The Hurmu crown is the currency for Hurmu, introduced on 1.I.1705. The Hurmu crown will be jointly legal tender with the Cräite four four Norton months, after which the Cräite will no longer be legal tender in Hurmu.
The crown was first released in the Currency Report by Finance Minister Guðrið Aakarstroym (CDH) in late 1702. The report proposed the crown as a currency for Hurmu, and would thus replace the Cräite as currency for Hurmu, after the Order of the Lakes referendum on the currency issue mandated that the government enact legislation to bring about a currency reform.
The report proposed that the currency will be gold-based, with 1 crown equivalent to the value of one full ric of gold, divided by one million. The report also proposed establishing a State Bank of Hurmu as the central bank tasked with setting monetary policies with a board of governance appointed one half by the Senate, one fourth by the Prime Minister, and one fourth by the Assembly of Representatives. Moreover, the report proposed that the currency would co-exist in both digital (blockchain) and physical ways (coins and notes), with the State Mint of Hurmu tasked with minting the coins (as well as collars and insignia of the Order of the Holy Lakes), and the State Press of Hurmu tasked with printing notes (as well as passports, original state documents, etc).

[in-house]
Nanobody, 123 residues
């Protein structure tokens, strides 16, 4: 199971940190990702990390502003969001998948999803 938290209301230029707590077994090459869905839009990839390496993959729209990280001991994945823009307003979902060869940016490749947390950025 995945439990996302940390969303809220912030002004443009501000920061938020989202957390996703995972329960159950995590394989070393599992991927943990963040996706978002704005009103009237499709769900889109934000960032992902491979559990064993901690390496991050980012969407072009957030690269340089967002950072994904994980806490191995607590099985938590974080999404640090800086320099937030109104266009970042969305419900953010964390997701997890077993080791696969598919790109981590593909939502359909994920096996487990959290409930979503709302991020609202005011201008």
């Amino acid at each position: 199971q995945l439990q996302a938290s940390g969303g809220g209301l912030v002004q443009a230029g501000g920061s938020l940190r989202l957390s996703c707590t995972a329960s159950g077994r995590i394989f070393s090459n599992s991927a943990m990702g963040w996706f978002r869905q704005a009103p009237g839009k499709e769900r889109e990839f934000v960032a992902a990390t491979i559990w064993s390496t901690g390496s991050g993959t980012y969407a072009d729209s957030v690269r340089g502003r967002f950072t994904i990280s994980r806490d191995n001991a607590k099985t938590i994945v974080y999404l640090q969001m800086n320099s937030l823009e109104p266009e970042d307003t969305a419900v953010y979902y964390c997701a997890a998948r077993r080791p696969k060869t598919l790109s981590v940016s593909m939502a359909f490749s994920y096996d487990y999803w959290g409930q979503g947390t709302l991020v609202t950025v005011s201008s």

Finally, the report recommended that the the Hurmu crown would be sole legal tender from 1.I.1705.
In early 1703, the Assembly of Representatives passed the Hurmu Currency Bill, which implemented Aakarstroym's Currency Report in full. On 10.XII.1704, the Senate approved the bill. As such, the Hurmu crown will become legal tender on 1.I.1705.